While there are many theories about what makes for a lasting marriage, for the most part they are simply conjecture – what might have worked for one specific couple at one point in time. John and Julie Gottman, however, have made a science of studying marriage, and after years of studying couples interacting together in their famous “Love Lab,” have been able to predict which marriage will last and which will end in divorce with an astounding 94% accuracy. Even more compelling, this ability has been highly replicated in predicting not just divorce rates, but relationship happiness.
The result is now a highly valid theory with precise and measurable constructs. In their new book, The Science of Couples and Family Therapy: Behind The Scenes At The Love Lab, John and Julie Gottman offer what has emerged from over 45 years of careful scientific research done with thousands of couples and families – a new general systems theory that will likely change the way we all think about relationships.
“There is a set point at which positive and negative affect are in balance for happy, stable relationships. It is 5 to 1. There is another set point of the balance between positive and negative affect for unhappily married couples. It is 0.8 to 1,” write the Gottmans.
There are many patterns, cycles, and systems, however that contribute to a good affect balance. Game theory, for example keeps people exchanging behavior strategically in order to maximize payoffs.
“If John smiles warmly at Julie, and she looks sad instead of giving him a full-hearted return smile, she might evaluate his smile as very positive, but he may be disappointed, and evaluate her sad look as very negative. They could keep going through the whole interaction like that, exchanging actions and payoffs,” write the Gottmans.
So if the goal is to increase the perceived balance of positive to negative affect, it must also shift the homeostasis of the relationship — so that overall there is far more positive interaction that negative.
To do this, the Gottmans say the amount of negative affect during conflict must be decreased – to stop the escalation of negative affect into what they call the Four Horseman of the Apocalypse. In turn, the amount of positive affect during conflict must be increased, particularly through humor and affection.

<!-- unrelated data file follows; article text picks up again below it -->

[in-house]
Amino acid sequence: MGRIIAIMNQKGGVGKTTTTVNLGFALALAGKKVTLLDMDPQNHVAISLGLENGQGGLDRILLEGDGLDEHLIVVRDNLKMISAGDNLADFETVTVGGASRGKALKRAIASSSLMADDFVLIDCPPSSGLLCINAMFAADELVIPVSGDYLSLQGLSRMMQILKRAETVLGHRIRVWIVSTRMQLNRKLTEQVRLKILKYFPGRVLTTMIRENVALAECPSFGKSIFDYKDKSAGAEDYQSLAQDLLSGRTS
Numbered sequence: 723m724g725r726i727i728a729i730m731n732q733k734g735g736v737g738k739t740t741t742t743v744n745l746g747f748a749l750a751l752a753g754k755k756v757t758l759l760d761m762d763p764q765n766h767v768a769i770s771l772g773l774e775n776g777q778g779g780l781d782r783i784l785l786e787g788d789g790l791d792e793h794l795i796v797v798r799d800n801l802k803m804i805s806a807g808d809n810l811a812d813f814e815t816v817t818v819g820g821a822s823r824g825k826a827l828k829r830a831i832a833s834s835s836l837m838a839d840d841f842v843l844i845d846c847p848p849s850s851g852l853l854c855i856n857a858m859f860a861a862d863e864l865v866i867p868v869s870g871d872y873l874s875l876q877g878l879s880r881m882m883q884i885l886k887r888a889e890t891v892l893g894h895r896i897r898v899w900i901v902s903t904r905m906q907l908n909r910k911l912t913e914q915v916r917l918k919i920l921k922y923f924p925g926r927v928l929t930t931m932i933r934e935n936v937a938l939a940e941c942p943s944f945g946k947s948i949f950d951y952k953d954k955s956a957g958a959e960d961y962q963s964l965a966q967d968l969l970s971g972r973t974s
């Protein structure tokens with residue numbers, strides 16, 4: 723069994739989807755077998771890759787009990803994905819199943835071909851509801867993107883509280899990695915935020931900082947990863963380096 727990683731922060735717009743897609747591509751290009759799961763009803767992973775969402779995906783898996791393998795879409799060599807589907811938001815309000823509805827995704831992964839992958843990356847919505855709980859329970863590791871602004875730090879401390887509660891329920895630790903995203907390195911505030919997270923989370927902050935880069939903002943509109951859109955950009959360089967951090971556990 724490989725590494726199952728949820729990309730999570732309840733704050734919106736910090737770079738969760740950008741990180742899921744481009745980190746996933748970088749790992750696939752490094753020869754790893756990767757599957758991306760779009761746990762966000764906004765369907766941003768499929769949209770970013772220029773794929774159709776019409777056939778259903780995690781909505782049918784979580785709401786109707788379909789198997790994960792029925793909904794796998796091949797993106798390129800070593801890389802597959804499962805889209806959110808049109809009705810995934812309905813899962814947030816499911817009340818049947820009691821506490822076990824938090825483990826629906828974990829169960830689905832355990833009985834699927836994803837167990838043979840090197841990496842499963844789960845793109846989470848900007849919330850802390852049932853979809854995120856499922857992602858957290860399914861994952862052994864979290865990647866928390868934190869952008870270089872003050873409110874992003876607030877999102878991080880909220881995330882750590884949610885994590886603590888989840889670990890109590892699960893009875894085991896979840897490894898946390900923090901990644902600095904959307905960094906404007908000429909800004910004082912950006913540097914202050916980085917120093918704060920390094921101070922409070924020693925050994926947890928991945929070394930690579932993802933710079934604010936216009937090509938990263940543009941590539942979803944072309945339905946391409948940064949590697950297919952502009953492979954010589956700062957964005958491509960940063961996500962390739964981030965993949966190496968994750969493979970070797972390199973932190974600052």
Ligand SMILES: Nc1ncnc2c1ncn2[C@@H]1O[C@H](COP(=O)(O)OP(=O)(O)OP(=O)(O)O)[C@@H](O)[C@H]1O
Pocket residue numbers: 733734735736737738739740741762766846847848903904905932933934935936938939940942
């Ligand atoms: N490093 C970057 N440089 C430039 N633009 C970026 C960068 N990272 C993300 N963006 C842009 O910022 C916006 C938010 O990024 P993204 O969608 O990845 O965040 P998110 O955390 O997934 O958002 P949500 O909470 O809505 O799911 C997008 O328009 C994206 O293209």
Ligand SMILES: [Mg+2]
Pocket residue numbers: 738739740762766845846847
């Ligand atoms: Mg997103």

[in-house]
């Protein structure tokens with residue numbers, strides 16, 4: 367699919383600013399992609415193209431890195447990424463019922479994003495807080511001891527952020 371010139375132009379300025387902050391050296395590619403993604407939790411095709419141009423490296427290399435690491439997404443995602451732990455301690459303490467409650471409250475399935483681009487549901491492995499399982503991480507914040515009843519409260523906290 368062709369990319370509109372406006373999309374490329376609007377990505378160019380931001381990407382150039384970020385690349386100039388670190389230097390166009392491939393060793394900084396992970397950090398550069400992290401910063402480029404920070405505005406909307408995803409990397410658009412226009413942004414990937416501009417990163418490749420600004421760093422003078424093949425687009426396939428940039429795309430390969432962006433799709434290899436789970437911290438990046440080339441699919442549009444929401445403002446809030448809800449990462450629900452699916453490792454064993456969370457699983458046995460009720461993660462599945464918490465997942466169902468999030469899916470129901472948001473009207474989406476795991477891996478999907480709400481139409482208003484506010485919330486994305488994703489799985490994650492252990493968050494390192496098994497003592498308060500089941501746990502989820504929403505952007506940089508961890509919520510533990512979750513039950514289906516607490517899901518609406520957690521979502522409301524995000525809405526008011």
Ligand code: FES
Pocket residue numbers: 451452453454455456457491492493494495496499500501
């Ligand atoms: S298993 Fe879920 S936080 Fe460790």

Of particular importance is to stop coercive cycles.
“In the coercive cycle the child misbehaves – maybe to get attention – and the parent tries to set limits. But in response to the limits, the child only escalates their negative affect. This pattern of the child escalating in response to the parent’s limit-setting continues until the parents finally gives in, which reinforces the whole chain of escalation by the child,” write the Gottmans.
A better way is to make use of what is known as the Nash equilibrium to solve conflicts. In a Nash equilibrium, both partners work together to maximize benefits, and assume that no one person can do any better with a unilateral shift in behavior.
This sort of solution creates a balance toward positive affect, but it requires trust, which the authors contend is frequently misunderstood.
“They protested, saying of course they were committed. They had a house and children together, after all. John said, no, trust is about negotiating and making decisions always thinking about both people’s welfare. Instead they had both negotiated the best deal for themselves and ignored the best interests of their partner,” write the Gottmans.
Attuning to one another, on the other hand, allows for discussion even about potentially heated topics to be handled calmly, and with emotional acceptance.
Listening to the negative affect usually involves understanding the meaning behind emotions by asking the right questions. One example is anger, which usually signals a goal that has been blocked. Instead of meeting anger with defensiveness, a partner can learn to ask: What are your concerns?
When conflicts do arise, it is often the agreement to disagreement ratio that predicts the outcome. Couples that start their disagreements gently, acknowledging their role in the conflict, use a calm and neutral affect, remain in a state of physiological calm, and use shared humor fare much better over the long term.
Not only do successful couples cultivate a state of emotional calm, they also respond to one another bids for connection — what the Gottman’s call turning toward – much more frequently.
“In that newlywed study with 130 couples we found that the 17 couples who divorced six years after the wedding had turned toward 33% of their partner’s bids. Those who stayed married had turned toward 86% of their partner’s bids. Our conclusion is that turning toward bids is like an emotional bank account. And the more assets in the emotional bank, the better,” write the Gottmans.
Drawing on a wealth of research imbued with powerful theoretical insights, John and Julie Gottman’s book is an intellectual achievement sure to affect profound changes in many couples’ lives, and without fail, change the way we live, love, and create families.
The Science of Couples and Family Therapy: Behind The Scenes At The Love Lab
John M. Gottman and Julie Schwartz Gottman
W.W. Norton & Company
Hardcover, 320 Pages